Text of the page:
Weaknesses: To be frank the two biggest weaknesses for Mason are things he can’t control. The first is his size. He’s only 6’0″ which is something he’ll battle the entire time. You just don’t see too many shorter point guards overly successful in the NBA as of right now. Most of the points are in the 6’2″ range, knocking him down a couple spots right off the bat. The second thing is his age. He’s already 23. Teams have said and will continue to say they will pass on the guy that’s 4 years older than someone similar. It just makes sense to have the 19-year old from a business decision, especially when you get into the later part of the draft.

In terms of just his game, the biggest weakness is scoring inside the paint effectively. He graded out as just average from jumpers inside of 17′ at just .731 points per possession as opposed to .941 from 17′-3-point line and 1.38 from behind the line. More specifically around the basket this year he had 103 possessions (not post ups) to which he struggled. He graded out in just the 39th percentile and scored less than 50% of the time. He needs to get better at finishing at the rim, whether it’s using the rim as a protector better or getting his shot up quicker and/or higher off the glass.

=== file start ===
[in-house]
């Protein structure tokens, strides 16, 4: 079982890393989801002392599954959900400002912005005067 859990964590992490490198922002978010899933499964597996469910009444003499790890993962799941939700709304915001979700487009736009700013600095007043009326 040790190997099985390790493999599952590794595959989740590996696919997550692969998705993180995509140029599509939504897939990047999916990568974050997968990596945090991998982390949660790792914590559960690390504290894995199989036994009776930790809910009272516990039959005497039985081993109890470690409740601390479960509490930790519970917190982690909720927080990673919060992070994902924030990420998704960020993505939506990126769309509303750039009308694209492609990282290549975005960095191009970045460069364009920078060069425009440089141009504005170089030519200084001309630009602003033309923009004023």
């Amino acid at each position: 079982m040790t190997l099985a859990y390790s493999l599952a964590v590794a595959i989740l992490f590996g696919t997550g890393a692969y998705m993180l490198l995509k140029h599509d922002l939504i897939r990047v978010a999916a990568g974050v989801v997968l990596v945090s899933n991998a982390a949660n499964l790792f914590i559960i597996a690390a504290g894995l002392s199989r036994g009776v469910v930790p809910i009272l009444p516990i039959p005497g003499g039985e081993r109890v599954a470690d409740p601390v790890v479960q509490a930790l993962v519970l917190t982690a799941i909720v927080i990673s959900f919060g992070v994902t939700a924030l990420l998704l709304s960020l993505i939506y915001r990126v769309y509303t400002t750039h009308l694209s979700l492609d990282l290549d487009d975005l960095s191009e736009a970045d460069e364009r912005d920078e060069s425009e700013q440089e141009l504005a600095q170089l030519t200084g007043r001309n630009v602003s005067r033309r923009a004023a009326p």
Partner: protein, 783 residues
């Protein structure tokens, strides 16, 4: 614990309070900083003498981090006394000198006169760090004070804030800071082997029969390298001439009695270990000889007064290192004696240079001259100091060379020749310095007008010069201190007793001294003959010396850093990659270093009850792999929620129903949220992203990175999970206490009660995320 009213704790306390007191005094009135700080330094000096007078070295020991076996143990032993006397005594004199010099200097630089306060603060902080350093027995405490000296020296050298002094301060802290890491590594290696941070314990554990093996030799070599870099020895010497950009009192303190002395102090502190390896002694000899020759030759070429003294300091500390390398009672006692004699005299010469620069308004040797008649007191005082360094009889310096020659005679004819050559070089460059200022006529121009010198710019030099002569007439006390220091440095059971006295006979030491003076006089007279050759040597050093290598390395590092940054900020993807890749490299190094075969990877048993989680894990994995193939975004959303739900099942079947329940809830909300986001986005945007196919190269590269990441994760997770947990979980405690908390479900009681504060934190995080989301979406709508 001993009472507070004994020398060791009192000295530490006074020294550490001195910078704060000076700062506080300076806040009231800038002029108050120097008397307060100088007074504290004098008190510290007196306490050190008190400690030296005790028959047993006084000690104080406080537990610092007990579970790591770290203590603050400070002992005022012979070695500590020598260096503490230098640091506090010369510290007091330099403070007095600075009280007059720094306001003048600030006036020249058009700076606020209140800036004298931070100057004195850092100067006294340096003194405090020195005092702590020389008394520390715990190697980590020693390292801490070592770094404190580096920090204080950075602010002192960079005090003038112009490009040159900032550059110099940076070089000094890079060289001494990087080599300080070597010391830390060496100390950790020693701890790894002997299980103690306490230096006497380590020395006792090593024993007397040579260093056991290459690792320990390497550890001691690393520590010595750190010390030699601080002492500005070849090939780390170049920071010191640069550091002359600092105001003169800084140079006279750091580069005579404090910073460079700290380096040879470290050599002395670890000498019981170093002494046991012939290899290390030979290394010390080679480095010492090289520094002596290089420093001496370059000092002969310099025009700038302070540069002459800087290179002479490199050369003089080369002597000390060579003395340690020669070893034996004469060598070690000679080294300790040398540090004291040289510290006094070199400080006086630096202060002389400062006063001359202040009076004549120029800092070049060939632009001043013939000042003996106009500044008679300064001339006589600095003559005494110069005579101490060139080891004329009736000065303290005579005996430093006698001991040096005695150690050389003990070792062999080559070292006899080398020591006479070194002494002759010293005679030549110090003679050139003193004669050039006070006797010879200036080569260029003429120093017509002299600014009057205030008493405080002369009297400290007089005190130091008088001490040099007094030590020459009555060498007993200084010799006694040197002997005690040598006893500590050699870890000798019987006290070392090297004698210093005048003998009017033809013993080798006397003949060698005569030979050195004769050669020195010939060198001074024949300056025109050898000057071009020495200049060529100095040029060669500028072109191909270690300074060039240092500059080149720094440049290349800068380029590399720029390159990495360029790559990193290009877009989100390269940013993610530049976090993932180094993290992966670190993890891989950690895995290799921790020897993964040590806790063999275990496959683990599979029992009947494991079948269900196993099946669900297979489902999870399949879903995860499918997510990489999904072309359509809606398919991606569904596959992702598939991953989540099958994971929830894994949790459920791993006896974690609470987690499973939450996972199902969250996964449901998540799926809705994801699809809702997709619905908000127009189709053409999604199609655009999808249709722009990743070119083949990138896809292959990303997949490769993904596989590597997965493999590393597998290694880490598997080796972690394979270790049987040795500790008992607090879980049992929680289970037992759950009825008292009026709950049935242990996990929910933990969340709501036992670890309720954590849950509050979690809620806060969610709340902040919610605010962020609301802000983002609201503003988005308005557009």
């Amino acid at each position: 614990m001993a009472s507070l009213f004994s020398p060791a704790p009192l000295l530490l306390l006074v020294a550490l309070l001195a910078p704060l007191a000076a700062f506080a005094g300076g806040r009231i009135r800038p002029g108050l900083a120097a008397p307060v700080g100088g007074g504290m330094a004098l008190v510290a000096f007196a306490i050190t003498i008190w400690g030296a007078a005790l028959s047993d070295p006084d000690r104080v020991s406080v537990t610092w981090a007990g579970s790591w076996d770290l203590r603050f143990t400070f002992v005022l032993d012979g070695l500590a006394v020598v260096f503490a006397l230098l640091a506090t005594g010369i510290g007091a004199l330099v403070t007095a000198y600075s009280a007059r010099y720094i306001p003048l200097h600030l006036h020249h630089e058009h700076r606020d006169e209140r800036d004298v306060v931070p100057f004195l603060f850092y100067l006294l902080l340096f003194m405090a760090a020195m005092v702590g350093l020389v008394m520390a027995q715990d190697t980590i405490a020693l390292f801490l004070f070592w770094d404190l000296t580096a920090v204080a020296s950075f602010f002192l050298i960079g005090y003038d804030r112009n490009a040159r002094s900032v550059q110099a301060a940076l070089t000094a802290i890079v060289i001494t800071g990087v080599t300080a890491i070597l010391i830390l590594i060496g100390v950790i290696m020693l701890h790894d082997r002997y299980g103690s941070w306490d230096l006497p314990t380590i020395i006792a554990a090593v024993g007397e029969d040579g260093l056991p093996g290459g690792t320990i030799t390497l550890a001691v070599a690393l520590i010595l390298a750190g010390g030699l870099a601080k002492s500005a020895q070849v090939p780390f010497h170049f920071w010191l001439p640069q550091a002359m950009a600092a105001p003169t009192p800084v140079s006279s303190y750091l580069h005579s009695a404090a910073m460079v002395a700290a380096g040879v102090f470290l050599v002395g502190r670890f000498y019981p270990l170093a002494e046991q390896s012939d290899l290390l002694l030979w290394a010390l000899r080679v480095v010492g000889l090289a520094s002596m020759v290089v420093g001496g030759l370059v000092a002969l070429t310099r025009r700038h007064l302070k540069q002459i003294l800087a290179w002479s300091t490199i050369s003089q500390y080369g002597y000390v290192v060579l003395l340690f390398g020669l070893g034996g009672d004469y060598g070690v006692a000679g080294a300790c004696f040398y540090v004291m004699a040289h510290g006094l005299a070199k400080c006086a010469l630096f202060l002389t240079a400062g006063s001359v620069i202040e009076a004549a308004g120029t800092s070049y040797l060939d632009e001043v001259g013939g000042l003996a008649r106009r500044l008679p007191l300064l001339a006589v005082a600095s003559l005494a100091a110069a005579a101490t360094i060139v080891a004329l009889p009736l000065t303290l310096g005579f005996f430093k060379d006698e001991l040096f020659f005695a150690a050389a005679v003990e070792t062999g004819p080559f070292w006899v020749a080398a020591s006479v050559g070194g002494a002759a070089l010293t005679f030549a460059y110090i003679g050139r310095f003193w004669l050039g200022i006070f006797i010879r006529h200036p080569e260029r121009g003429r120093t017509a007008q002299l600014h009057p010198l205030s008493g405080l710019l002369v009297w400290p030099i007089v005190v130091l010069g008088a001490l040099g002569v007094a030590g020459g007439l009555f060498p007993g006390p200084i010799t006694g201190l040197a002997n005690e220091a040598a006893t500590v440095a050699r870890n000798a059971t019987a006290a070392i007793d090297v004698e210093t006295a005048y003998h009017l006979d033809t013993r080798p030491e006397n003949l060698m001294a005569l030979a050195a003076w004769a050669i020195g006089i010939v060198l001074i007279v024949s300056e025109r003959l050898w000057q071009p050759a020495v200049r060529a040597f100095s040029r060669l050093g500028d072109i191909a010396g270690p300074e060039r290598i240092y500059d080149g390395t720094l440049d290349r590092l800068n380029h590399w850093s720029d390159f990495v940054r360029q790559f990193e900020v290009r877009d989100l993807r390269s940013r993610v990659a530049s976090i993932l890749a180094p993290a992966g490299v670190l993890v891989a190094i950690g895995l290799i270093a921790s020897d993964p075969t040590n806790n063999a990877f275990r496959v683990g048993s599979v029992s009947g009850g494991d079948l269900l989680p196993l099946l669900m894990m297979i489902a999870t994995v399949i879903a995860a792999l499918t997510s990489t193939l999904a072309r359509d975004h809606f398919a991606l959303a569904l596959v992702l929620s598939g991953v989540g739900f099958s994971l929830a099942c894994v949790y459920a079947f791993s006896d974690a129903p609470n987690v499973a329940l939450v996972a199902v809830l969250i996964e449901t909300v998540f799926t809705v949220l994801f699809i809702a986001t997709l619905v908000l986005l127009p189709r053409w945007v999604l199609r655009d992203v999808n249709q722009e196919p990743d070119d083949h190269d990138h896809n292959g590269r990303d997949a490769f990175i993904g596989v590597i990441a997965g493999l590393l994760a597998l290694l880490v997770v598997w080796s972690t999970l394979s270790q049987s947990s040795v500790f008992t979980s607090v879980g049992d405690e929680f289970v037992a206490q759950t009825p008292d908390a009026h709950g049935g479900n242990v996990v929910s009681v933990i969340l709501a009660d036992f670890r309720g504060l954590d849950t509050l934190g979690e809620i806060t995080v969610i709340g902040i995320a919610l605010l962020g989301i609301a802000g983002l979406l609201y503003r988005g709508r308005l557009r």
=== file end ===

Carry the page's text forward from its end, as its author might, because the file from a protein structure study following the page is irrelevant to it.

It’s no longer a huge weakness but something to keep an eye on. He can get inconsistent with his form when shooting off the catch. When he was younger he would often catch standing straight up, making his release slower as he had to get his legs into the shot. He’s changed his stance and is now more consistent in catching the ball ready to shoot. In the NBA he needs to continue to be consistent with this, especially with his size as that half second delay in getting his legs bent could determine whether or not he even gets a shot off.

Draft Stock & Projection: I do think Mason will end up being drafted as someone will take a flier on him late in the second. When you look at the teams who are picking in the last 7 picks it’s the Celtics (twice), Suns, Jazz, Knicks, Nets, Hawks and Spurs. Outside of the Celtics and maybe the Jazz, every team could use help or depth at the point guard spot. It wouldn’t shock me to see Mason turn into this year’s Yogi Ferrell in the sense that he’ll spend a lot of time early in the D-League, put up good numbers to earn a 10-day contract and end up with a guaranteed spot. He’s always been an aggressive player, which somewhat hurt him during his freshman/sophomore year but now it’s a huge benefit as he’s improved his ability to not force the issue. He’s not afraid to take the big shot and looks to score. Being a backup guard you want to be able to either get others involved right away and take care of the ball or be a microwave scorer. He has the ability to fit into either spot, which makes him worth that late round pick.